The Wall Street Journal Missed the Forest for the Trees on the Millionaires Tax of 2012

It takes a lot to get me to write about the opinions of The Wall Street Journal because they are so consistently ideological and out of touch. To find out what they say, I can usually skip a step and just read Karl Rove's daily talking points. But last Friday, WSJ personal finance columnist Brett Arends wrote a column that just begs for a fact check, so here it is.

Mr. Arends, who apparently provides financial advice to all comers, completely misses the point about the proposed Millionaires Tax of 2012, which would raise taxes on those earning more than a million dollars a year here in California. And just to be clear, the point is that the uber rich can and should pay more to make the society that benefitted them so handsomely last longer and work better.

Mr. Arends wrote about the measure only because the 750,000-member Courage Campaign created a video highlighting Kim Kardashian's $12 million income (2010 Forbes estimate) and promoting the idea that she could pay more in taxes than someone who makes $47,000. That's a pretty simple premise, incontrovertible we thought. But not to Mr. Arends. Let's look at his arguments one by one.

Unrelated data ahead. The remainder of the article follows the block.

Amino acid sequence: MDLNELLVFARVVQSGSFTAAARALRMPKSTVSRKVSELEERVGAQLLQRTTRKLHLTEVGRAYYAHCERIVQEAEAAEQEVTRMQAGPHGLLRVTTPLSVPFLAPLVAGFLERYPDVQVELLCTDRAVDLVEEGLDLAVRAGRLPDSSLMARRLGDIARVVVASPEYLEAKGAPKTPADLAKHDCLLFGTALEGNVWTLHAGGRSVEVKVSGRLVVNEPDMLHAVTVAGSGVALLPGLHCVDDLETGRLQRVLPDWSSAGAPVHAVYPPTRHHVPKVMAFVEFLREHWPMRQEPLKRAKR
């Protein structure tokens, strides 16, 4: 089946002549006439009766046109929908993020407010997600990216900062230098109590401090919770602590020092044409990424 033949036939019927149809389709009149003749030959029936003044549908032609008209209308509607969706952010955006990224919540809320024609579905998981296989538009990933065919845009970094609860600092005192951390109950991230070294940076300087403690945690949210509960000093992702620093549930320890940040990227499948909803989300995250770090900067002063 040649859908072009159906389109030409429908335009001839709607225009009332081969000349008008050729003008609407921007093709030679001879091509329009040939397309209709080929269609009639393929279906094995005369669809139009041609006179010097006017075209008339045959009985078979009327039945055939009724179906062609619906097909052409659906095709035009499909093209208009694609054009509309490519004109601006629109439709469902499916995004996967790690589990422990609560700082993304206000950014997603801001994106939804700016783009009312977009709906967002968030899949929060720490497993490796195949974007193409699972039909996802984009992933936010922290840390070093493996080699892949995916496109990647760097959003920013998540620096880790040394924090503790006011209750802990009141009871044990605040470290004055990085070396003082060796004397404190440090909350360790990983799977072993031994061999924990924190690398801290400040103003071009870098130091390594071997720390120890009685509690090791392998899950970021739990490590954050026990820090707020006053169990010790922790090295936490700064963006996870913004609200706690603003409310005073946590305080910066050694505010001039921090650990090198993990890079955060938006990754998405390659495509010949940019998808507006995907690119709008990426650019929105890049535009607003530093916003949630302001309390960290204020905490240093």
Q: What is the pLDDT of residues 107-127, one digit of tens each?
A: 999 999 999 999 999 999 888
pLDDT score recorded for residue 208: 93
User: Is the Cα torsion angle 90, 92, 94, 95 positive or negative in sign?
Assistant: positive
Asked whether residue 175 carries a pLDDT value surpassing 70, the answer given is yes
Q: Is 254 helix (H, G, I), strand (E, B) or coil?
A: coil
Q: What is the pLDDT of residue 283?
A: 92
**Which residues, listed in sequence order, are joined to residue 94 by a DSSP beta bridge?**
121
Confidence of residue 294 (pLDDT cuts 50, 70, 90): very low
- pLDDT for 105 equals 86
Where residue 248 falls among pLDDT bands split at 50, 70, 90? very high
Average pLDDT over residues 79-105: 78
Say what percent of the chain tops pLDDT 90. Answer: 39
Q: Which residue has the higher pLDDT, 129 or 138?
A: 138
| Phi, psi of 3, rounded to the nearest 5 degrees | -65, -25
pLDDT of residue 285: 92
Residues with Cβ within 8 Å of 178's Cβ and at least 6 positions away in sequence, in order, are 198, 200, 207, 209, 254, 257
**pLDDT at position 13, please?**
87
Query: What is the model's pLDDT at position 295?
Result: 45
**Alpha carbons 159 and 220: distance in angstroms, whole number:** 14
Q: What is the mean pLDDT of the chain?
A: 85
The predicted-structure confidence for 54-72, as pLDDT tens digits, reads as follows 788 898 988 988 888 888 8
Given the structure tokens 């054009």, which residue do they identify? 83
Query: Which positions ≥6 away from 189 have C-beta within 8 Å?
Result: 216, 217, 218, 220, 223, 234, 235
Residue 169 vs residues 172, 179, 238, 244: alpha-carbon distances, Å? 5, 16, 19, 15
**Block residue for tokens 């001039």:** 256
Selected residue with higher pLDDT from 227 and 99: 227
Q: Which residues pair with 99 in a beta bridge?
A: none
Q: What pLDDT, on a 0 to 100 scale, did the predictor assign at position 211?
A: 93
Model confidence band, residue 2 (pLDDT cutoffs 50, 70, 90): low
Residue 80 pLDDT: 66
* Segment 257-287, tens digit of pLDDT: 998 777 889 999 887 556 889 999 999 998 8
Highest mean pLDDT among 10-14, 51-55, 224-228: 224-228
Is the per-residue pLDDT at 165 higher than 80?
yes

1. Mr. Arends says, "the (Courage) campaign has the Californian (sic) tax rates wrong... someone earning $47,000 a year wouldn't pay '9.3%' state income tax. That's just their marginal rate -- the tax on the last dollar earned."

Our ad says that Ms. Kardashian pays a 10.3% tax rate; an average taxpayer who makes $47,000 pays 9.3%. Income tax rates are calculated on "marginal dollars," meaning that the tax rate in question only applies to each dollar of income over a certain amount. In this case, he's up in arms because Ms. Kardashian pays 10.3% on every dollar she earns over $1 million, while a middle-class person making $47,000 only pays 9.3% on each dollar over $46,766. (If you're curious, the term "middle-class" generally applies to an individual making between $19,000 and $91,000).

I guess Mr. Arends would have preferred a video with this text: "Kim Kardashian's marginal tax rate for the last 11 million of her 12 million dollars of annual income in 2010 is 10.3%. A middle-class Californian's marginal tax rate for each dollar of income over $46,766 is 9.3%. Do you think that's fair?" Of course, we could have done that, but why? It only confuses the issue, and most people (unlike the super rich) pay their fair share in taxes and understand what a marginal tax rate is. We thank Mr. Arends for clarifying and underscoring how much our current system overtaxes the middle class.